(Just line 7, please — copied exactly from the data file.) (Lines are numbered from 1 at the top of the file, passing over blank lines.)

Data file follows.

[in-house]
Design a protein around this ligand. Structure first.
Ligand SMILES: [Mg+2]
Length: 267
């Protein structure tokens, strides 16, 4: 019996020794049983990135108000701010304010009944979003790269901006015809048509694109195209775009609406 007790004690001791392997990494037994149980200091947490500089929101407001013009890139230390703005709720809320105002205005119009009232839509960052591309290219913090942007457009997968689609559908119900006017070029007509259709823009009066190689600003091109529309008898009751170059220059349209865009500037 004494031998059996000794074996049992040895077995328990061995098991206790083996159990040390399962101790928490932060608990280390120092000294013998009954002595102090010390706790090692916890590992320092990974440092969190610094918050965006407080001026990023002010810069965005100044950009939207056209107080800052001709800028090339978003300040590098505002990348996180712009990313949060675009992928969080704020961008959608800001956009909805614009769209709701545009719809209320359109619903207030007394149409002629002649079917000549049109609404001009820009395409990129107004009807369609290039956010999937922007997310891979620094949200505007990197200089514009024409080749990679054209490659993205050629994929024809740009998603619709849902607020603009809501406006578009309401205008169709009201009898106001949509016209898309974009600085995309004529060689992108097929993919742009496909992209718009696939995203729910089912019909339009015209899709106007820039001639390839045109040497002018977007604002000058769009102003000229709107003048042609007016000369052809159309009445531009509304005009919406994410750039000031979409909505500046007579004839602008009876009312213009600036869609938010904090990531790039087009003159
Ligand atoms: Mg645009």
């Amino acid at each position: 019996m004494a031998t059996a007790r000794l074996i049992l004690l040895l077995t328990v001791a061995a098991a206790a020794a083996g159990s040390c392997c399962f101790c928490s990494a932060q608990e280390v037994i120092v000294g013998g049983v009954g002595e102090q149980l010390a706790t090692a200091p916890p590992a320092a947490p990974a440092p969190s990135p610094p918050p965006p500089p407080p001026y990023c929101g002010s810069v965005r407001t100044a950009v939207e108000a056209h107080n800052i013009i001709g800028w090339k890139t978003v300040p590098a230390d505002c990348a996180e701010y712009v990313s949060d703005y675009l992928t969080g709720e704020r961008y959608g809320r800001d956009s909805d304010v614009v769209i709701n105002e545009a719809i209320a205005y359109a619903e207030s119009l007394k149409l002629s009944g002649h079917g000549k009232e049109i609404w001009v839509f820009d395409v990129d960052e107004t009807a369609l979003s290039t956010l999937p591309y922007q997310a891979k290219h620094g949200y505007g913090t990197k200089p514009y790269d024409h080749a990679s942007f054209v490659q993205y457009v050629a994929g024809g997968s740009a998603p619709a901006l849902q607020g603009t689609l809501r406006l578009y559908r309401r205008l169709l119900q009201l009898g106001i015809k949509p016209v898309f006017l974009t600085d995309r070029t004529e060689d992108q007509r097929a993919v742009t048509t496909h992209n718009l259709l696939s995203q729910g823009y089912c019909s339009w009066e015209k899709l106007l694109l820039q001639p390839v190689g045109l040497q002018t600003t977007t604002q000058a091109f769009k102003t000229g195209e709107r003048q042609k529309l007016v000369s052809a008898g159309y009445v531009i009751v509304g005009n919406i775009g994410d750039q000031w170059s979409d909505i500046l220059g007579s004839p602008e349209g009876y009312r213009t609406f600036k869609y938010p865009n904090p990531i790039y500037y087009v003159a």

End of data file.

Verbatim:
């Amino acid at each position: 019996m004494a031998t059996a007790r000794l074996i049992l004690l040895l077995t328990v001791a061995a098991a206790a020794a083996g159990s040390c392997c399962f101790c928490s990494a932060q608990e280390v037994i120092v000294g013998g049983v009954g002595e102090q149980l010390a706790t090692a200091p916890p590992a320092a947490p990974a440092p969190s990135p610094p918050p965006p500089p407080p001026y990023c929101g002010s810069v965005r407001t100044a950009v939207e108000a056209h107080n800052i013009i001709g800028w090339k890139t978003v300040p590098a230390d505002c990348a996180e701010y712009v990313s949060d703005y675009l992928t969080g709720e704020r961008y959608g809320r800001d956009s909805d304010v614009v769209i709701n105002e545009a719809i209320a205005y359109a619903e207030s119009l007394k149409l002629s009944g002649h079917g000549k009232e049109i609404w001009v839509f820009d395409v990129d960052e107004t009807a369609l979003s290039t956010l999937p591309y922007q997310a891979k290219h620094g949200y505007g913090t990197k200089p514009y790269d024409h080749a990679s942007f054209v490659q993205y457009v050629a994929g024809g997968s740009a998603p619709a901006l849902q607020g603009t689609l809501r406006l578009y559908r309401r205008l169709l119900q009201l009898g106001i015809k949509p016209v898309f006017l974009t600085d995309r070029t004529e060689d992108q007509r097929a993919v742009t048509t496909h992209n718009l259709l696939s995203q729910g823009y089912c019909s339009w009066e015209k899709l106007l694109l820039q001639p390839v190689g045109l040497q002018t600003t977007t604002q000058a091109f769009k102003t000229g195209e709107r003048q042609k529309l007016v000369s052809a008898g159309y009445v531009i009751v509304g005009n919406i775009g994410d750039q000031w170059s979409d909505i500046l220059g007579s004839p602008e349209g009876y009312r213009t609406f600036k869609y938010p865009n904090p990531i790039y500037y087009v003159a």